Pakistan hit by worst floods since 1929

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    Aon Benfield, the world’s premier reinsurance intermediary and capital advisor, today releases the latest edition of its Monthly Cat Recap report, which provides an analysis of worldwide catastrophic events in July.

    Published by the company’s Impact Forecasting team, who evaluate global perils for the re/insurance industry, the report highlights that the month witnessed some of the worst flood events in history, with Asia being particularly affected by the deluge.

    In Pakistan, more than 1,500 people died when monsoonal rains gave rise to flooding and landslides between July 21-29. At least an estimated 250,000 homes were damaged or destroyed and economic losses are expected to reach hundreds of millions of U.S. dollars.
    Meanwhile, China also suffered from severe rainfall and subsequent flooding around the Yangtze River, with more than 650,000 homes affected and economic losses estimated at CNY84.8bn (USD12.5bn) solely in the month of July.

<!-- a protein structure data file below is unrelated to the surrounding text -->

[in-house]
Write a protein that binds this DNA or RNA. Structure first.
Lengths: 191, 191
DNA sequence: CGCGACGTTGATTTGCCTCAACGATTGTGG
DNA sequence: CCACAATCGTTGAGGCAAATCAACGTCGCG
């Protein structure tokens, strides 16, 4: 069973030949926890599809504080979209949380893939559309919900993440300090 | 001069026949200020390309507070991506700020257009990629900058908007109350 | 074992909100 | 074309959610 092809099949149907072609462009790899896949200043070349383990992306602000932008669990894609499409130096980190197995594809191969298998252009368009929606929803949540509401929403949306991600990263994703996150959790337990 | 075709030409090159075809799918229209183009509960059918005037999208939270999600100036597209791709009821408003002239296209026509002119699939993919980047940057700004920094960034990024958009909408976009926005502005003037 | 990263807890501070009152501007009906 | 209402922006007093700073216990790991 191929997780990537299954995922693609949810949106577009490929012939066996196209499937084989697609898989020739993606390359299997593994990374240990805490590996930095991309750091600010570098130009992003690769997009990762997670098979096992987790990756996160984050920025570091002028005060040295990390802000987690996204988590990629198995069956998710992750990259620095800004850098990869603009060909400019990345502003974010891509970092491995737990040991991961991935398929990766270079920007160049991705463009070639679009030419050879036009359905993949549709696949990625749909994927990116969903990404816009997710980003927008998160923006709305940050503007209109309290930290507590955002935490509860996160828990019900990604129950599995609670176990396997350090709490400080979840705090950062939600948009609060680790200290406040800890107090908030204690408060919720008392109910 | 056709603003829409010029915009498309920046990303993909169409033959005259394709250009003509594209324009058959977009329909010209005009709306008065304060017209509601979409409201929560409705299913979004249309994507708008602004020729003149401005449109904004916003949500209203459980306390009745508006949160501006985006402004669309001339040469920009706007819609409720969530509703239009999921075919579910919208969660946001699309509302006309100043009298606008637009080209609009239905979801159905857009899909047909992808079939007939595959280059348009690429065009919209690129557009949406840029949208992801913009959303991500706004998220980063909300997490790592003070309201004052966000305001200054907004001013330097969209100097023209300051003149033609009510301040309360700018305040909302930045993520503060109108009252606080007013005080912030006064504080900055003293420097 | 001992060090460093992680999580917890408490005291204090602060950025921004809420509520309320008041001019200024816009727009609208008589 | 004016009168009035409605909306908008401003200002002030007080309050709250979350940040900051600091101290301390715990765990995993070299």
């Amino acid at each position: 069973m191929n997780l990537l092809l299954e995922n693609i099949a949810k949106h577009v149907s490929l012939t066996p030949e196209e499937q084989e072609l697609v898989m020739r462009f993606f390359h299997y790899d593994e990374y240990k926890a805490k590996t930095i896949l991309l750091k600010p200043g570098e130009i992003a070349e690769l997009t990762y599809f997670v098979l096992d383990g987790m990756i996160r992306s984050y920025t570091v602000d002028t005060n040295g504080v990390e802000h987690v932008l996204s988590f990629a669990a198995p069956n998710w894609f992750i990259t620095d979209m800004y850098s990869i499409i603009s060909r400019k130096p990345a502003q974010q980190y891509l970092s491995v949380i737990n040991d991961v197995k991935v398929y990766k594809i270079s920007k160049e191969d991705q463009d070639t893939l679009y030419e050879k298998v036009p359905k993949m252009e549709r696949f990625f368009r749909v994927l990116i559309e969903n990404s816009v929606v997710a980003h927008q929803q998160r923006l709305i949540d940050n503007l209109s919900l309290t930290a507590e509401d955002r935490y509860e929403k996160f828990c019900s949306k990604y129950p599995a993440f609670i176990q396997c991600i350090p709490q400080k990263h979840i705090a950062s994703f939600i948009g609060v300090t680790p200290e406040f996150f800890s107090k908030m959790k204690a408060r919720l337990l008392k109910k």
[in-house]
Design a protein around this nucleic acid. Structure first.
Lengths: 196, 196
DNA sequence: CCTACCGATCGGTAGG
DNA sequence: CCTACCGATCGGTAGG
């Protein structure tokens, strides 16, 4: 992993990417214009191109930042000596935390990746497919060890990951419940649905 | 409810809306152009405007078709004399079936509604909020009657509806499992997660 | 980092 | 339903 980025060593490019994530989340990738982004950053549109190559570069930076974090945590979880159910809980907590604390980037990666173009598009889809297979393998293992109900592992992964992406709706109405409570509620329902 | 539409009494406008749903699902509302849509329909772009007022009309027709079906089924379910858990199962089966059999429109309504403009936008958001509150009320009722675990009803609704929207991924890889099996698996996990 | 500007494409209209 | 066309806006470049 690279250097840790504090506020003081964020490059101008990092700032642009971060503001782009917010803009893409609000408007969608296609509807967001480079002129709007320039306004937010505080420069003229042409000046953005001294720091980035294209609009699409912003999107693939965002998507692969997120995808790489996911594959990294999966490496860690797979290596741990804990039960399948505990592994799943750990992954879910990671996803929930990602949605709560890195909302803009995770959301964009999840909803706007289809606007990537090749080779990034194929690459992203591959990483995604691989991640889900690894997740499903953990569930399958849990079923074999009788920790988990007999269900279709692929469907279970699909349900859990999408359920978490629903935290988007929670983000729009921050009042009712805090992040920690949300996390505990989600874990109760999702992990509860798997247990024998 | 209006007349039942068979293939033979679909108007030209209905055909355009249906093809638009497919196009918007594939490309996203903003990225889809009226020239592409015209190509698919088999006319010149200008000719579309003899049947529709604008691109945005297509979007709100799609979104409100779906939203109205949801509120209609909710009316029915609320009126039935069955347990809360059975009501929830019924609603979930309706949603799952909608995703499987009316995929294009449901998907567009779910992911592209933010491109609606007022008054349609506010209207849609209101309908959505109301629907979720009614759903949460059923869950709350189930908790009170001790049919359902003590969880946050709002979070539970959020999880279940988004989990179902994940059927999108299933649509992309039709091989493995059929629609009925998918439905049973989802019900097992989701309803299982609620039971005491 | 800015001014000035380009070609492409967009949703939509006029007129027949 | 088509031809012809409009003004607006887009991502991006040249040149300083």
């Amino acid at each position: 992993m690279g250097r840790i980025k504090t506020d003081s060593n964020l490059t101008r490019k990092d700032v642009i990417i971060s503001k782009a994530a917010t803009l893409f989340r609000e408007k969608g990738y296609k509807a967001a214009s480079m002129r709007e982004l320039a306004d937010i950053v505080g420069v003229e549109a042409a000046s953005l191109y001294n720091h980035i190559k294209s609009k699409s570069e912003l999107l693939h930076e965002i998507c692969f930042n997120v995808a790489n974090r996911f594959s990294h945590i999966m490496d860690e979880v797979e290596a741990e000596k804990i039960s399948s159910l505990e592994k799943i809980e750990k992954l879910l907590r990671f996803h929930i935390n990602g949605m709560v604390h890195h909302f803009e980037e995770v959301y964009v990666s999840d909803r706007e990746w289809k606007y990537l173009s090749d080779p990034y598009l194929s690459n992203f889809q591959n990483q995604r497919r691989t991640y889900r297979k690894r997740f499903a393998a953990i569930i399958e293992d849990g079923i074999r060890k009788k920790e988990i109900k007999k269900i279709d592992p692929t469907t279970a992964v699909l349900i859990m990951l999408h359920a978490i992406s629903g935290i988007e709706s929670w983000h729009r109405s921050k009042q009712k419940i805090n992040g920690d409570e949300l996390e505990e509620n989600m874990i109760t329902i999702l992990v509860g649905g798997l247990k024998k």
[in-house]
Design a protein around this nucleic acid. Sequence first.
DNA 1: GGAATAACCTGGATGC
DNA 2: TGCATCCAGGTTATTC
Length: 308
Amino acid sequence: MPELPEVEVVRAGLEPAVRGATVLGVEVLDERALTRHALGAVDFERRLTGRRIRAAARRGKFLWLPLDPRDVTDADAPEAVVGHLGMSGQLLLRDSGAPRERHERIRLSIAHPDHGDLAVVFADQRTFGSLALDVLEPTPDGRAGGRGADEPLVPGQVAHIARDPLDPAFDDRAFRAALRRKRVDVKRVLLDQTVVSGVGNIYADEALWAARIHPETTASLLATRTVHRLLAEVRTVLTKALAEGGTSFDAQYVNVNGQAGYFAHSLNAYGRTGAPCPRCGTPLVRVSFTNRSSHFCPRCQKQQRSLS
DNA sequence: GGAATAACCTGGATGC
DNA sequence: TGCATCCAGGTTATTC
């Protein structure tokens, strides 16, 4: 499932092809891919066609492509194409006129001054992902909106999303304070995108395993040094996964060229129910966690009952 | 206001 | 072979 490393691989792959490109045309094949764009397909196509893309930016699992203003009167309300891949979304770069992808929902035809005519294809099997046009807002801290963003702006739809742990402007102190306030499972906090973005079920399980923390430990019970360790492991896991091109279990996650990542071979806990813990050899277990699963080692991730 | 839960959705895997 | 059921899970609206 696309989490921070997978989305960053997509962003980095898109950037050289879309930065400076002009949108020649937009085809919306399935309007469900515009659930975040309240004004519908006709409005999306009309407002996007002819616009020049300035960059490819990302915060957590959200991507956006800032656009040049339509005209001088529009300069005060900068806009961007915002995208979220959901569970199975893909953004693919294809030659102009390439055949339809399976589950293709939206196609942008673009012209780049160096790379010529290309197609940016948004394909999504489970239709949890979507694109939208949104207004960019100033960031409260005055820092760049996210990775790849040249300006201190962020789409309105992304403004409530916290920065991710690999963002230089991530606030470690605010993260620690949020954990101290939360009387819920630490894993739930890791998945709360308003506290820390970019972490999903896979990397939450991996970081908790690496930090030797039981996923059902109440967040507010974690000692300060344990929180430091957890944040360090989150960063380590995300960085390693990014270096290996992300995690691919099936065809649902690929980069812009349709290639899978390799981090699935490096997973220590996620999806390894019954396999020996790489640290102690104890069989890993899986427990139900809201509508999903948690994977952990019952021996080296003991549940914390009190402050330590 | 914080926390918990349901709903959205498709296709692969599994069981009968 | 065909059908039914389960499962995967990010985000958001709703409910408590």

Steve Jakubowski, President of Impact Forecasting, said: “The flooding across Asia has displaced millions of people and destroyed many millions of hectares of farmland. In some cases, farming companies were reporting that 80 percent of their crops had been destroyed, which is devastating to the livelihoods of those affected and will have a significant impact on local economies, some of which rely heavily on agrarian output.”

    Meanwhile, during July a severe heatwave hit Europe, causing at least 2,250 deaths, many from drowning as people took to the water to escape the high temperatures. Russia was particularly affected, where prolonged drought destroyed 10 million hectares of crops resulting in losses totaling EUR700m (USD970m).

    The heat sparked wildfires over many of Russia’s European areas, killing at least 40 people, injuring hundreds more and destroying around 2,210 homes. At least RUB30bn (USD1bn) had been allocated to fight the fires and rebuild destroyed areas. Initial economic damage losses were listed at RUB6.5bn (USD210m).

    In the U.S., the Rio Grande burst its banks as heavy rain hit Texas, damaging around 2,000 structures and causing USD40m of damage. Severe storms also hit the Plains, Midwest, Southeast and New England between July 10-18, killing at least two people and causing damage estimated at tens of millions of dollars.

    In Mexico, at least 100,000 homes were damaged or destroyed during flash floods and river flooding between July 1-10. Total economic damage was estimated at MXN1.3bn (USD100m) and insured losses of around MXN255m (USD20m).